Stacey Solomon has been praised for sharing a "beautiful" post about "complicated blended families" in a touching Father's Day tribute to her dad and husband Joe Swash.
The couple share three children together, but the Sort Your Life Out presenter also has two children from previous relationships, while Swash has another son from a previous relationship.
Sharing a sweet mirror selfie to Instagram featuring Solomon, her husband, dad and children Rex, Rose and Belle, the Loose Women panellist added a touching tribute to the two fathers in her life.
"My dad, their Dad, Our heroes. Happy Father's Day, Dad & Daddy!" she began, before going on to acknowledge the loss of their own fathers.
The mum-of-five then went on to discuss how their own family dynamic is somewhat "complicated" but that her husband makes it "effortless".
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"Joe, I know it’s not easy & blended families are complicated to say the least… but you make it all seem effortless," she wrote. "You’re the most incredible husband, father and father figure to ALL of our children and I feel every emotion raising our family with you."
She signed off by thanking her dad and Swash for everything they do.
"To the moon and back Joe. To the moon and back dad," she added.
After sharing the emotional post, fans applauded the star for her words on blended families.
"So beautiful," one wrote.
"Gorgeous family and beautiful heartfelt words Stacey," another agreed.
"What a wonderful crew and team you all make," yet another fan commented.
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Myleene Klass has also previously opened up about life in a blended family, admitting that being a stepmum has its challenges but she has found a way to overcome them.
The former Hear'say star singer shares son, Apollo, with her fiancé Simon Motson, and has two children, Ava and Hero from her relationship with ex-husband Graham Quinn.
Like Klass, Motson also has two children from a previous relationship.
Speaking on the Made By Mammas podcast, Klass likened their situation to being on a boat together.
"This is how I view it," she explained. "And if one of you rocks the boat, we're all going to feel it. And if one of you goes overboard, I'm going to grab you and make sure you're safe. That's the only way we're going to get through it, is if we're all in this together."
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Challenges of parenting in blended families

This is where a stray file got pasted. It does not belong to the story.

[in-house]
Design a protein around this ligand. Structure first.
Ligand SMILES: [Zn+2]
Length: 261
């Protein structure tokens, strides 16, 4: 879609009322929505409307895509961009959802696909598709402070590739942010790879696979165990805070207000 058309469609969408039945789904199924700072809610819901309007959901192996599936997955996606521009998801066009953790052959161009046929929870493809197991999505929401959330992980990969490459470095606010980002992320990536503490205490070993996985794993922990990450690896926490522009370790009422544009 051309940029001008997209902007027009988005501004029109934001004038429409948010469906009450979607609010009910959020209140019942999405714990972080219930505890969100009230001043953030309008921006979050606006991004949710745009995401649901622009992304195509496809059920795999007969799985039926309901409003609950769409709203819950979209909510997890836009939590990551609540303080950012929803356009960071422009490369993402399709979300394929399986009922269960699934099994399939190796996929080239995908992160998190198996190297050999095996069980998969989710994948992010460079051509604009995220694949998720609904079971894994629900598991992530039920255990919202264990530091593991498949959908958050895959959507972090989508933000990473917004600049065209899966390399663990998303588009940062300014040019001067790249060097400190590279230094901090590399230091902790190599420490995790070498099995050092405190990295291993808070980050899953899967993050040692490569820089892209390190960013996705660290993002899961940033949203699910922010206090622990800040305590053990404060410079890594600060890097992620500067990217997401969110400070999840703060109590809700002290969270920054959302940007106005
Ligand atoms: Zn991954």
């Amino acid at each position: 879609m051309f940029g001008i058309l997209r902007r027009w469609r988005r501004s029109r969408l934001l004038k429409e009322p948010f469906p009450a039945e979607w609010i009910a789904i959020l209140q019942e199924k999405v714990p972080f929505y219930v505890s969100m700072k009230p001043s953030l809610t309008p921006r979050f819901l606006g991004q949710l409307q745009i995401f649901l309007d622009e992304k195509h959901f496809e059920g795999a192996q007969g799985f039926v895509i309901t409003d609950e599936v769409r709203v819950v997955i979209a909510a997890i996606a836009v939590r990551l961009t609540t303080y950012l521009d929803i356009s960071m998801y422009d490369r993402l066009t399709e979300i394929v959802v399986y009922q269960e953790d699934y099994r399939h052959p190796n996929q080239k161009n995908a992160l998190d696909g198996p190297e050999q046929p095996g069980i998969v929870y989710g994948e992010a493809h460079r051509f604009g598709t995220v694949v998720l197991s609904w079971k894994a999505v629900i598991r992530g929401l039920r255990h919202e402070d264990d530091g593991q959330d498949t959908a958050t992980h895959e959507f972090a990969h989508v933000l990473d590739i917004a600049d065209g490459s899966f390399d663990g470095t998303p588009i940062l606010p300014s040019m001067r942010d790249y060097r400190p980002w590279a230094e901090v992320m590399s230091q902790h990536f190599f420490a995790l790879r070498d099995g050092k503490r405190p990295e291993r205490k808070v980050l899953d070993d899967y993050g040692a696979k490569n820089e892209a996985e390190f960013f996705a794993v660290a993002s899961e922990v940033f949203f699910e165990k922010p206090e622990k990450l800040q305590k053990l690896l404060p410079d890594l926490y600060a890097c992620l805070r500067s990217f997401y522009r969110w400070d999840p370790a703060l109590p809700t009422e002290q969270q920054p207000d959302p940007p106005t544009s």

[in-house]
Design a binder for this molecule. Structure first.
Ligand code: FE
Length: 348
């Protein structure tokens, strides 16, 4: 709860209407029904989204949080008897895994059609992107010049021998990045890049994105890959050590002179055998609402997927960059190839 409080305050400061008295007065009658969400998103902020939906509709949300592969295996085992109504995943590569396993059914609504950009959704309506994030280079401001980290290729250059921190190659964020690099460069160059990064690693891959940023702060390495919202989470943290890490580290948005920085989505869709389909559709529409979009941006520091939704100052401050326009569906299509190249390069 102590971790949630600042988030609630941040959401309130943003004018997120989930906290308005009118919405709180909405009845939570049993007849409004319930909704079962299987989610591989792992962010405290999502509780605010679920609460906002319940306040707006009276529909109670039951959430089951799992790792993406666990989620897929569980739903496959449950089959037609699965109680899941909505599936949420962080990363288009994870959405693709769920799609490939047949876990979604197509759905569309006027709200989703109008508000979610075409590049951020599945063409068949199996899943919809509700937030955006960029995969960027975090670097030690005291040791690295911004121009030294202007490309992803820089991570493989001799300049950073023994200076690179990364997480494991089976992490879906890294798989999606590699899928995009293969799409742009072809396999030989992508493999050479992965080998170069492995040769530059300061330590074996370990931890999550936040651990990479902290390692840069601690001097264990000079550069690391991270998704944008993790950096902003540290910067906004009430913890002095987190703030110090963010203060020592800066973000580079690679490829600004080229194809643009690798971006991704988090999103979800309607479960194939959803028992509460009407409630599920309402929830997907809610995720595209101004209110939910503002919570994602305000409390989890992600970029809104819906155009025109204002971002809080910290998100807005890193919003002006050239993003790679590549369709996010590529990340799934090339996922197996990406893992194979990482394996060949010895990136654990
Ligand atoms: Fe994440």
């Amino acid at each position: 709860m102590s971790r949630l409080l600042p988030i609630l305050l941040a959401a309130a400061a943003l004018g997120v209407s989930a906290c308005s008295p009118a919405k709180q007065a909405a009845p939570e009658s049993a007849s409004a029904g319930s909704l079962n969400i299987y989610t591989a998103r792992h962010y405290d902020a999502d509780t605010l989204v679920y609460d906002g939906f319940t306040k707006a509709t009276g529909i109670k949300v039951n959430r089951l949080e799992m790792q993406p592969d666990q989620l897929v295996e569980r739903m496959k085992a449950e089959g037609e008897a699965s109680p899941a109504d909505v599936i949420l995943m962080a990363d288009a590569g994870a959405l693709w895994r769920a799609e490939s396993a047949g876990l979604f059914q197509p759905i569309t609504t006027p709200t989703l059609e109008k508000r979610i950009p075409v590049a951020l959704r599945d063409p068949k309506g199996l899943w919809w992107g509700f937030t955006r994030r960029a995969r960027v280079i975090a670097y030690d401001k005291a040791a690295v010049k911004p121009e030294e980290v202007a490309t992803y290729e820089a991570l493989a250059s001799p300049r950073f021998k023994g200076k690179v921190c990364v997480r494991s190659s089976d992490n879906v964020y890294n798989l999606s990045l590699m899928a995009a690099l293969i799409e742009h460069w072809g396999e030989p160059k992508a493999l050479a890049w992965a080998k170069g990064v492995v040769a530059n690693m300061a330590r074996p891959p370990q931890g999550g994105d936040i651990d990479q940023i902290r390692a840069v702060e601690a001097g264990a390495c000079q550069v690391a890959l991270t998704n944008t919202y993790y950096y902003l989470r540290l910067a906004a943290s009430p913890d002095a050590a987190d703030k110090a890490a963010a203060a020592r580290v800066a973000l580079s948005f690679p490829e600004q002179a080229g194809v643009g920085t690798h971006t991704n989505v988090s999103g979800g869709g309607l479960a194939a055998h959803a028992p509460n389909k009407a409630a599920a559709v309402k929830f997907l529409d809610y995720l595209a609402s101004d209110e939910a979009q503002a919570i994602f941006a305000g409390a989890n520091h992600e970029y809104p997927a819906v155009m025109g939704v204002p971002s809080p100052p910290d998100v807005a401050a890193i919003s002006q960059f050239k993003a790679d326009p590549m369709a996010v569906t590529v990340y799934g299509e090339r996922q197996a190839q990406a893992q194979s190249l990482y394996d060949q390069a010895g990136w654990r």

Parenting in a blended family, with children from previous relationships, comes with its own unique set of challenges, of course.
Fiona Small, founder of the Young Mums Support Network, says she would advise couples embarking on bringing together a blended family to take time to adjust and allow their children to communicate how they feel.
"Only use the term stepmum or stepdad if all who are involved feel comfortable with it," she adds.
"When families begin to blend, communication is key as you now are parenting with a new set-up which can pose as a challenge if not managed correctly.
"Take the time to manage the transition from early on, even before you move in together and be prepared to listen, even if it hurts."
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Action for children has provided some tips on how to adapt to parenting in a blended family:
Don’t rush things. Your kids might not like your new partner or their children right away, and that’s OK.
If you have your own child or children, make time for them. Have regular one-to-one contact so they can talk things through with you and enjoy time with you on their own. Make sure they know that you’re there to listen when they’re ready to talk.
Talk about rules, routines and values you want in your shared house. Two households mean a different sets of rules and expectations.
Reassure them. They may worry about change, especially if other children will be coming into the home.
Recognise their feelings of sadness, confusion or anger. Keep telling them that you love them and will be there for them.
Two households means a different sets of rules and expectations. Talk about rules, routines and values you want in your shared household before moving in.
Set ground rules with your partner about disciplining each other’s children. This can be one of the trickiest things to manage.
Try to keep positive relationships with any ex-partners. Keeping things peaceful can help with setting routines and pick–ups and drop offs. Never be critical about your ex-partner to your children.
Make time for your relationship, too. Spending time together and having fun will make it easier to cope with any challenges when they arise. If you’re able to work together on issues, your children will see this.